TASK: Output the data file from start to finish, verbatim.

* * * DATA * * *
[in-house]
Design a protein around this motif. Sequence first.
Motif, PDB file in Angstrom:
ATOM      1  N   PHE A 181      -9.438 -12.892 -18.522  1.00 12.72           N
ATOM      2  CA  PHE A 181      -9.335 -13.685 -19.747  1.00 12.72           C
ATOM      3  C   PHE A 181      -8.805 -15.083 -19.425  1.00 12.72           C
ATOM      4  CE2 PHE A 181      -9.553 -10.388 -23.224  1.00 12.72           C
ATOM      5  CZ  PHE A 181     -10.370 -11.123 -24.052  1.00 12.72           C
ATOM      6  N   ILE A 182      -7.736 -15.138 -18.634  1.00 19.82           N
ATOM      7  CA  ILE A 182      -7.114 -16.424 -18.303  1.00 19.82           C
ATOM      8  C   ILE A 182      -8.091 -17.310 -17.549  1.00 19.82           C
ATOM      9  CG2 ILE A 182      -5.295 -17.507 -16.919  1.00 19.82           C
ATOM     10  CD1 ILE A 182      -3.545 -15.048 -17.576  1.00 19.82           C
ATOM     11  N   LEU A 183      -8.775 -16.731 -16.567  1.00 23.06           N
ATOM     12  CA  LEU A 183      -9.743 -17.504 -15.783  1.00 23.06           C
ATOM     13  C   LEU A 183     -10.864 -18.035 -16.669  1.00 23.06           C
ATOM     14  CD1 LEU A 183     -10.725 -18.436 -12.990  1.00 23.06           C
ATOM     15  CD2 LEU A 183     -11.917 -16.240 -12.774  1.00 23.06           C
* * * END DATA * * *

[in-house]
Design a protein around this motif. Sequence first.
Motif, PDB file in Angstrom:
ATOM      1  N   PHE A 181      -9.438 -12.892 -18.522  1.00 12.72           N
ATOM      2  CA  PHE A 181      -9.335 -13.685 -19.747  1.00 12.72           C
ATOM      3  C   PHE A 181      -8.805 -15.083 -19.425  1.00 12.72           C
ATOM      4  CE2 PHE A 181      -9.553 -10.388 -23.224  1.00 12.72           C
ATOM      5  CZ  PHE A 181     -10.370 -11.123 -24.052  1.00 12.72           C
ATOM      6  N   ILE A 182      -7.736 -15.138 -18.634  1.00 19.82           N
ATOM      7  CA  ILE A 182      -7.114 -16.424 -18.303  1.00 19.82           C
ATOM      8  C   ILE A 182      -8.091 -17.310 -17.549  1.00 19.82           C
ATOM      9  CG2 ILE A 182      -5.295 -17.507 -16.919  1.00 19.82           C
ATOM     10  CD1 ILE A 182      -3.545 -15.048 -17.576  1.00 19.82           C
ATOM     11  N   LEU A 183      -8.775 -16.731 -16.567  1.00 23.06           N
ATOM     12  CA  LEU A 183      -9.743 -17.504 -15.783  1.00 23.06           C
ATOM     13  C   LEU A 183     -10.864 -18.035 -16.669  1.00 23.06           C
ATOM     14  CD1 LEU A 183     -10.725 -18.436 -12.990  1.00 23.06           C
ATOM     15  CD2 LEU A 183     -11.917 -16.240 -12.774  1.00 23.06           C